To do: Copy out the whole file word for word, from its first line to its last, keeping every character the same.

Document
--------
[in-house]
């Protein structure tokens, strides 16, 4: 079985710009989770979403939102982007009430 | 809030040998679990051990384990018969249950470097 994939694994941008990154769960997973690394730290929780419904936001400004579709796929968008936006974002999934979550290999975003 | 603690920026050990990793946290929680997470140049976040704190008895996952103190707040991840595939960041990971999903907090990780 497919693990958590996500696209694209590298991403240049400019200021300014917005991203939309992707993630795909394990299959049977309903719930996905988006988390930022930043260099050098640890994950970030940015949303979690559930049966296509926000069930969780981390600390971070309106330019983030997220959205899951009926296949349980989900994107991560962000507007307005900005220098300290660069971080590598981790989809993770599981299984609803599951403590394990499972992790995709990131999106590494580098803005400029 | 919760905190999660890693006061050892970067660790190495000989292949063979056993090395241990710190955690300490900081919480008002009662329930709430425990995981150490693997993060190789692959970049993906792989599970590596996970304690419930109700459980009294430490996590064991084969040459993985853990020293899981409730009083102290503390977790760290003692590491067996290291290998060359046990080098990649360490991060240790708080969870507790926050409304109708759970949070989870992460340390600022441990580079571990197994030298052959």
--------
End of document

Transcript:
[in-house]
């Protein structure tokens, strides 16, 4: 079985710009989770979403939102982007009430 | 809030040998679990051990384990018969249950470097 994939694994941008990154769960997973690394730290929780419904936001400004579709796929968008936006974002999934979550290999975003 | 603690920026050990990793946290929680997470140049976040704190008895996952103190707040991840595939960041990971999903907090990780 497919693990958590996500696209694209590298991403240049400019200021300014917005991203939309992707993630795909394990299959049977309903719930996905988006988390930022930043260099050098640890994950970030940015949303979690559930049966296509926000069930969780981390600390971070309106330019983030997220959205899951009926296949349980989900994107991560962000507007307005900005220098300290660069971080590598981790989809993770599981299984609803599951403590394990499972992790995709990131999106590494580098803005400029 | 919760905190999660890693006061050892970067660790190495000989292949063979056993090395241990710190955690300490900081919480008002009662329930709430425990995981150490693997993060190789692959970049993906792989599970590596996970304690419930109700459980009294430490996590064991084969040459993985853990020293899981409730009083102290503390977790760290003692590491067996290291290998060359046990080098990649360490991060240790708080969870507790926050409304109708759970949070989870992460340390600022441990580079571990197994030298052959």